High Noon

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Lunch hour at school.  High noon. 
For many kids it’s the loneliest hour of the day.  Lunch hour is when you find out if you have friends.  And everybody else finds out if you have friends, too.  In the cruel subculture of most schools, there are always a number of kids who are stranded on the outside looking in.
But every now and then something miraculous happens.
Someone from an established circle of friends approaches someone who has been left out and says, “May I sit here?”
Somewhere in the background, the friends of that brave person are whispering:  Don’t do it.  She’s not worth it.  She’s beneath you.  Yet it happens anyway.  And a moment like that may save the entire semester for a lonely kid.
But make no mistake:  It costs something for the person who has friends to lose.
The Middle East – in Bible times and today – is an honor-based culture.  Honor is everything.  In the minds of many, it is better to die than to lose your honor, or to cost your family its public standing. 
Honor was a limited commodity in the time of Jesus.  There was only so much to go around.  If one person gained honor, somebody else had to lose theirs in order to balance the accounts.
In the Gospels, Jesus seems oblivious to such unwritten rules.  In John chapter four he sits down in the presence of a Samaritan woman who has come to fill her empty bucket at the local well.  He even initiates a conversation with her.  What is he thinking?
The religious establishment considered Samaritans racial half-breeds and theological heretics.  The dirt of Samaria was deemed unworthy for the soles of righteous feet.
Furthermore, this woman has been married five times – and five times her name has appeared in the public notice section of the newspaper under Filed for Divorce.  Now she’s got a live-in lover.  Her neighbors apparently treat her like trailer trash.  No rabbi comforts her.  According to the theology of the day, she is unworthy of God’s kindness.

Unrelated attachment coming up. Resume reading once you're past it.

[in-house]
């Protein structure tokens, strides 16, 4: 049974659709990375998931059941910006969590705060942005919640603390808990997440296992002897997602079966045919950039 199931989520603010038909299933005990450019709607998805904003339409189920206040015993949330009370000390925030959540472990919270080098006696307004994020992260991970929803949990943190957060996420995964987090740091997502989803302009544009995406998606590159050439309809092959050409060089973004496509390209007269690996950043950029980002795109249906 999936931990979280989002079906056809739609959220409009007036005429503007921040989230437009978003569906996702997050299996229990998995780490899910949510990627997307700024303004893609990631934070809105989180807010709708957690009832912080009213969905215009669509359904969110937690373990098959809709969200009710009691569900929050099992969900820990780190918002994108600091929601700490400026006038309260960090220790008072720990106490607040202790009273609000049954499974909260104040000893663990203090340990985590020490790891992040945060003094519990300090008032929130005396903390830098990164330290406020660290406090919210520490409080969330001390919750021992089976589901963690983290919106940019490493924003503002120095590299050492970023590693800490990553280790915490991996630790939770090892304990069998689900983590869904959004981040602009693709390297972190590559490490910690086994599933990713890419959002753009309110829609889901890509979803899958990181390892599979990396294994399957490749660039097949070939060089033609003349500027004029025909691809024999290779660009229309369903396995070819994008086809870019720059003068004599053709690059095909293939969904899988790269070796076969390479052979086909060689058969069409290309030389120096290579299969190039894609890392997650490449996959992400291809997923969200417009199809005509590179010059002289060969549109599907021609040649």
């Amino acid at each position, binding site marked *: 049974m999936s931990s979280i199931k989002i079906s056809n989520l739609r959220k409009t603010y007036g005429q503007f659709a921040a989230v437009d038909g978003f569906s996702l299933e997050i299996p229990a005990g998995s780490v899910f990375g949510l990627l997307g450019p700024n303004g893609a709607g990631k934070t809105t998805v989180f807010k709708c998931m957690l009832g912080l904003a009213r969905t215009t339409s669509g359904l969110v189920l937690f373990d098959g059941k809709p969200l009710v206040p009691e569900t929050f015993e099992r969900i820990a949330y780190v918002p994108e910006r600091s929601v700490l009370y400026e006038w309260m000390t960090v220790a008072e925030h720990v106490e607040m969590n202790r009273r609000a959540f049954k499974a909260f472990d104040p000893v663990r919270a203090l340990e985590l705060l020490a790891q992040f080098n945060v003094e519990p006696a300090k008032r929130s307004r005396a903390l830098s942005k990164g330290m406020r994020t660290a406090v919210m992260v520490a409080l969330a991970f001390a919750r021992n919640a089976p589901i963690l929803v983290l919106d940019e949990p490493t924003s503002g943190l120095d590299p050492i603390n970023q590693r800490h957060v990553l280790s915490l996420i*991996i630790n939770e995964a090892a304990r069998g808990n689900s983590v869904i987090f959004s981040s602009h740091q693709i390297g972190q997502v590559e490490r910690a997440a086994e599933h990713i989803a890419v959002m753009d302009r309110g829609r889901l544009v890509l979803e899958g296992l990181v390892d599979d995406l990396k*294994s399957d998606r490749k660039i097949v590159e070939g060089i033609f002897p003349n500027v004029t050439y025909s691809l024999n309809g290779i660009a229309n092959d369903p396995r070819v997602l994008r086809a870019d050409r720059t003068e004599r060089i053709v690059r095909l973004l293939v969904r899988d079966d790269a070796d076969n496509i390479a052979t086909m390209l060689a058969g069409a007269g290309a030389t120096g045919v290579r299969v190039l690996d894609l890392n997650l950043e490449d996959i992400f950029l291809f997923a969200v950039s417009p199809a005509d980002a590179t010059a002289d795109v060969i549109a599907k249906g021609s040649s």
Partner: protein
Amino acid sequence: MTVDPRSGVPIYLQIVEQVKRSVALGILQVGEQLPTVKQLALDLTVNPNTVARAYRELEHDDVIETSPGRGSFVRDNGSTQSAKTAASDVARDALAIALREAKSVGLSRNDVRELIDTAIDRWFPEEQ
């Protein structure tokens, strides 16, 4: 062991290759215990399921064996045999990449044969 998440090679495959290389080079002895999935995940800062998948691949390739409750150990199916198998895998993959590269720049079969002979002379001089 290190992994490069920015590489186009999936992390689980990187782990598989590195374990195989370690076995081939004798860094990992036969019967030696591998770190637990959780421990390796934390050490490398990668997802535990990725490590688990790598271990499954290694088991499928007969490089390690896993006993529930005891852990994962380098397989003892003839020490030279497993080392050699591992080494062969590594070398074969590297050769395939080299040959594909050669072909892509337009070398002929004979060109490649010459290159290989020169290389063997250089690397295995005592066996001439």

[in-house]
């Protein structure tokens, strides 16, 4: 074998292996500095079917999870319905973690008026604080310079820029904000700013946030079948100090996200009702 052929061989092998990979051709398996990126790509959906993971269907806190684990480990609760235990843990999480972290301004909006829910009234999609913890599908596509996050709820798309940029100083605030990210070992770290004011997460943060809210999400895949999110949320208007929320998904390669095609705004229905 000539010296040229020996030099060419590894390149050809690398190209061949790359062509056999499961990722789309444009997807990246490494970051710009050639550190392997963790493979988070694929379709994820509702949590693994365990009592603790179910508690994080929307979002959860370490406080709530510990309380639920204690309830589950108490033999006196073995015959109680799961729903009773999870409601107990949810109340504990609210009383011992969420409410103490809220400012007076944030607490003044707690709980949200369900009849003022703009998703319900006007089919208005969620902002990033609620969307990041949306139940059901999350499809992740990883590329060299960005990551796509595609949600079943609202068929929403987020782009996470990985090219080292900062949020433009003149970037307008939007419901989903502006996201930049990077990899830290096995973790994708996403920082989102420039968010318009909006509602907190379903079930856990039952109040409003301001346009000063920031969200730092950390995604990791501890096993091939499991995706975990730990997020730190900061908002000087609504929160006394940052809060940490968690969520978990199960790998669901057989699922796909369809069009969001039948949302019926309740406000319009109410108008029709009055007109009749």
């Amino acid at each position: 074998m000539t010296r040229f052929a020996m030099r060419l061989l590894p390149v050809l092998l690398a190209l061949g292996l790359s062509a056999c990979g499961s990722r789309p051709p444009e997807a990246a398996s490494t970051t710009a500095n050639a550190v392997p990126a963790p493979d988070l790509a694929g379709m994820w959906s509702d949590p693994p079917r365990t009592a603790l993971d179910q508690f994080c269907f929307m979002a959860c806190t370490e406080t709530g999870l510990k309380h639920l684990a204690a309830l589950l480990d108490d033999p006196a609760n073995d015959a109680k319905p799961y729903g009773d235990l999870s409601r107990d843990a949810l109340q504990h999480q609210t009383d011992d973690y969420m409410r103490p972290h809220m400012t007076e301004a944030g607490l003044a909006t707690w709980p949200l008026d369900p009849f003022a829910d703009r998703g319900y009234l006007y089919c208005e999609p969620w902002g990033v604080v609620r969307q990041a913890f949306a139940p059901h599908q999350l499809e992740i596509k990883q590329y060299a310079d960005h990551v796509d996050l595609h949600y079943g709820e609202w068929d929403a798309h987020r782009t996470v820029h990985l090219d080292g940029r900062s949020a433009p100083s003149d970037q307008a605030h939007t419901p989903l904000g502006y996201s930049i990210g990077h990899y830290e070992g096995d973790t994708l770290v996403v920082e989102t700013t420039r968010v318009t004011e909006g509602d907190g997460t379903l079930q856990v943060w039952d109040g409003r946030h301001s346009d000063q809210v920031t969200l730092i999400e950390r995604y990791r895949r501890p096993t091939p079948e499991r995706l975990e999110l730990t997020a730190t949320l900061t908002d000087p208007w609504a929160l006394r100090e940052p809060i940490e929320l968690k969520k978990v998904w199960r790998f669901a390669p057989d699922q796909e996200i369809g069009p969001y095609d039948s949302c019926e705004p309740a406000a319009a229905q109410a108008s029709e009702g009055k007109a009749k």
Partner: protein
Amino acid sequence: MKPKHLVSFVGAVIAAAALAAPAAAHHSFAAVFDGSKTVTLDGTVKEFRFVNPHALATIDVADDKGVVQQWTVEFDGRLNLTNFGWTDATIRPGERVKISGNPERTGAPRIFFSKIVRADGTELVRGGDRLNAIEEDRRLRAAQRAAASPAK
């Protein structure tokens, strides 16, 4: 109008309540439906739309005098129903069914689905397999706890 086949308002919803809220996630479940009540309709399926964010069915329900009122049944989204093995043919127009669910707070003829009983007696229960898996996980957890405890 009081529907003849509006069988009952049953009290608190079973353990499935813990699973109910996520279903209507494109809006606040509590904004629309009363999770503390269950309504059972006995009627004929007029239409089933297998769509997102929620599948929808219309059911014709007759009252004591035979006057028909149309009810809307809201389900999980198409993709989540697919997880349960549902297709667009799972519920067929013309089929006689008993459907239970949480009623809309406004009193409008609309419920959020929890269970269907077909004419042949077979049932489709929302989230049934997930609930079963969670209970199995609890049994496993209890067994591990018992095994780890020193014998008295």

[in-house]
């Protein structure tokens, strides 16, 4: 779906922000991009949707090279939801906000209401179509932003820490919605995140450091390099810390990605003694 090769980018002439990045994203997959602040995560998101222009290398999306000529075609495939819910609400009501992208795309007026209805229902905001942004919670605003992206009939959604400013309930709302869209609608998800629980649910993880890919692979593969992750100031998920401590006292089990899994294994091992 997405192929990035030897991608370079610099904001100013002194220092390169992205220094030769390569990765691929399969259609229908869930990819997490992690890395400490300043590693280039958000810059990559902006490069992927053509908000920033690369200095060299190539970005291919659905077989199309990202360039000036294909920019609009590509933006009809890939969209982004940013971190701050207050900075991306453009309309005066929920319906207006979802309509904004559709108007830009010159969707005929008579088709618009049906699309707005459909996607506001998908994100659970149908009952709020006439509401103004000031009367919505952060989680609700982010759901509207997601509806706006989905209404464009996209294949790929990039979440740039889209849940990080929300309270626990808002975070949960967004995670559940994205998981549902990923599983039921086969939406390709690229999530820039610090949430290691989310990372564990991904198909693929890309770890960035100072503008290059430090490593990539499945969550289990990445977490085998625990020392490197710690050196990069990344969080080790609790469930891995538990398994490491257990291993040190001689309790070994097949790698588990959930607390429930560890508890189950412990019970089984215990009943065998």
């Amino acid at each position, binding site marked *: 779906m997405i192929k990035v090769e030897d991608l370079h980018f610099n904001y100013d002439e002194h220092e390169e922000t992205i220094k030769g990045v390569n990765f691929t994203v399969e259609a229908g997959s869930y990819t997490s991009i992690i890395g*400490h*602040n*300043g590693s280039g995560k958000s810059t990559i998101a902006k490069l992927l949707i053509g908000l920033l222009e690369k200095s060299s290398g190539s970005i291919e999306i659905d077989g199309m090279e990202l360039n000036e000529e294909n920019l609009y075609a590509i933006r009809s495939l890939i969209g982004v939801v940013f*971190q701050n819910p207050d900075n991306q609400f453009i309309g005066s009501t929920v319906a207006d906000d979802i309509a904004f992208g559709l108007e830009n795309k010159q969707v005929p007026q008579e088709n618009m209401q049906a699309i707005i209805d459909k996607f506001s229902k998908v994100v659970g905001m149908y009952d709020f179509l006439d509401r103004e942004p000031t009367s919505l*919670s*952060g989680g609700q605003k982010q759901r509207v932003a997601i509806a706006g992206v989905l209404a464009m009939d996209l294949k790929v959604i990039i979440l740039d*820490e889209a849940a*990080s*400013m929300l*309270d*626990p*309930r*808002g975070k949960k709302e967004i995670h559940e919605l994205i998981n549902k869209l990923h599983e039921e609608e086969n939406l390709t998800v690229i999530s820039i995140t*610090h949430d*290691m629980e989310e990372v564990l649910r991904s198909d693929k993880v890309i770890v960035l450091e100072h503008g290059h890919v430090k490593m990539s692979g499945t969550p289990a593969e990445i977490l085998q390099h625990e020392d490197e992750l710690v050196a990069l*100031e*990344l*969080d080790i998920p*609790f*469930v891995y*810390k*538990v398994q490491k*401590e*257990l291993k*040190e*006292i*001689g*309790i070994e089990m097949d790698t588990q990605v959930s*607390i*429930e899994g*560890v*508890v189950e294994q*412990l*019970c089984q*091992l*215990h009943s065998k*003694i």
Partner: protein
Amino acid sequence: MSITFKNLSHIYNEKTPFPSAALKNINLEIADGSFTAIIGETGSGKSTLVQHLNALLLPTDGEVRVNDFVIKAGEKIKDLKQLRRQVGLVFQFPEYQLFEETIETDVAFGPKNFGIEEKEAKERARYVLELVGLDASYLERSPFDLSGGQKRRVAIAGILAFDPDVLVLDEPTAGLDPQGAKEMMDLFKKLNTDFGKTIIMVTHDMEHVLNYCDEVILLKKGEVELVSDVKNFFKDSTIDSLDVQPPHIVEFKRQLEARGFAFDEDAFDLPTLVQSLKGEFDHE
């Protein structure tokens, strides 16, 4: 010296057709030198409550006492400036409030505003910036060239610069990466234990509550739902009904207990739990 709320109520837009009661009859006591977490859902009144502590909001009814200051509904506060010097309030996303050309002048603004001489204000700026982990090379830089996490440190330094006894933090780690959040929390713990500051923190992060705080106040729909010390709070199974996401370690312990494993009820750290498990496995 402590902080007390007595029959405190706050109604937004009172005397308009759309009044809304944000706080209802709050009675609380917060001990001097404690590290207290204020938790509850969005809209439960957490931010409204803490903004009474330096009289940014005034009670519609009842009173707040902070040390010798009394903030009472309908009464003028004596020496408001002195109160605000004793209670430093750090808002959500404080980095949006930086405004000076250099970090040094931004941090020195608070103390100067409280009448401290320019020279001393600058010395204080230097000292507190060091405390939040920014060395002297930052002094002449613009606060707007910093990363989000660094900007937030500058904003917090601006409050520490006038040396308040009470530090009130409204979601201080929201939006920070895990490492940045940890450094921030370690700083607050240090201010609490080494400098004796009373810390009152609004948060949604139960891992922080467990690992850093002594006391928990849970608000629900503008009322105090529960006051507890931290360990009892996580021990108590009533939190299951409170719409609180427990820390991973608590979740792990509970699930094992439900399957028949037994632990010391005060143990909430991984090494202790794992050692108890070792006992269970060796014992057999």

John tells us that Jesus meets her at “the sixth hour.”  That’s high noon.  She’s come to draw water at the hottest time of the day.  Some scholars suggest that this is the hour when she’s least likely to experience the judgmental stares of her neighbors, who would typically arrive at the well at dusk. 
Her public honor savings account is bankrupt.  She has nothing to give Jesus.  But he has a lot to lose.  Every time Jesus goes into the house of a tax collector, or touches a leper, or pays attention to a prostitute as if she is a real person and not just a dirty object, honor flows from his account to their accounts. 
The most amazing thing about the Gospels is that God drops his stock in order to raise ours.
I once heard a teacher summarize the encounter of Jesus and the Samaritan woman with these words:  She had come with a bucket.  He sent her back with a spring of living water.  She had come as a reject.  He sent her back being accepted by God himself.  She came wounded.  He sent her back whole.  She came laden with questions.  He sent her back as a source for answers.  She came living a life of quiet desperation.  She ran back overflowing with hope.
Every now and then something miraculous happens. 
A brave person whose bucket is full chooses to bless someone whose bucket is empty.  And the world becomes a little more whole.
You can be that person today.